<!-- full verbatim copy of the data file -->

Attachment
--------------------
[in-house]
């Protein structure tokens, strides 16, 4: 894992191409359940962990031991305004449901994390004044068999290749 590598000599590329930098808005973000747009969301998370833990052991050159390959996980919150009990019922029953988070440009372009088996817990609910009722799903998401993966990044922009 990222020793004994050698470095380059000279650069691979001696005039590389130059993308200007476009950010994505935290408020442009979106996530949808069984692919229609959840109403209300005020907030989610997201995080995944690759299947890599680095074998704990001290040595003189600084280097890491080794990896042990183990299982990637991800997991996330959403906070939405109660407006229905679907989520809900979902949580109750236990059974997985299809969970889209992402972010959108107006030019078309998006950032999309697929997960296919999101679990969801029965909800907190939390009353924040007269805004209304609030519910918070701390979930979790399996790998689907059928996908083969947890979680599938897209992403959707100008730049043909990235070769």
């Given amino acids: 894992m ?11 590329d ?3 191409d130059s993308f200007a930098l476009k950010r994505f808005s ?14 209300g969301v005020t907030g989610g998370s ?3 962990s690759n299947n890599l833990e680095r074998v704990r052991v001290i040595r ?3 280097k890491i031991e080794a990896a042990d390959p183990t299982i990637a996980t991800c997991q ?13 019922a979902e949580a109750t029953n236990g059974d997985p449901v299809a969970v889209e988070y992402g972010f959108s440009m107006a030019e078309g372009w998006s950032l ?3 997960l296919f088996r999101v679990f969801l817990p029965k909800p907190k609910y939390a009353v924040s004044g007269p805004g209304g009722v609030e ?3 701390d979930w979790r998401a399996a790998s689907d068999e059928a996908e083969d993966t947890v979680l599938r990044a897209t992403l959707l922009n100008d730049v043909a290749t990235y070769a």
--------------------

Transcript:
[in-house]
């Protein structure tokens, strides 16, 4: 894992191409359940962990031991305004449901994390004044068999290749 590598000599590329930098808005973000747009969301998370833990052991050159390959996980919150009990019922029953988070440009372009088996817990609910009722799903998401993966990044922009 990222020793004994050698470095380059000279650069691979001696005039590389130059993308200007476009950010994505935290408020442009979106996530949808069984692919229609959840109403209300005020907030989610997201995080995944690759299947890599680095074998704990001290040595003189600084280097890491080794990896042990183990299982990637991800997991996330959403906070939405109660407006229905679907989520809900979902949580109750236990059974997985299809969970889209992402972010959108107006030019078309998006950032999309697929997960296919999101679990969801029965909800907190939390009353924040007269805004209304609030519910918070701390979930979790399996790998689907059928996908083969947890979680599938897209992403959707100008730049043909990235070769």
């Given amino acids: 894992m ?11 590329d ?3 191409d130059s993308f200007a930098l476009k950010r994505f808005s ?14 209300g969301v005020t907030g989610g998370s ?3 962990s690759n299947n890599l833990e680095r074998v704990r052991v001290i040595r ?3 280097k890491i031991e080794a990896a042990d390959p183990t299982i990637a996980t991800c997991q ?13 019922a979902e949580a109750t029953n236990g059974d997985p449901v299809a969970v889209e988070y992402g972010f959108s440009m107006a030019e078309g372009w998006s950032l ?3 997960l296919f088996r999101v679990f969801l817990p029965k909800p907190k609910y939390a009353v924040s004044g007269p805004g209304g009722v609030e ?3 701390d979930w979790r998401a399996a790998s689907d068999e059928a996908e083969d993966t947890v979680l599938r990044a897209t992403l959707l922009n100008d730049v043909a290749t990235y070769a």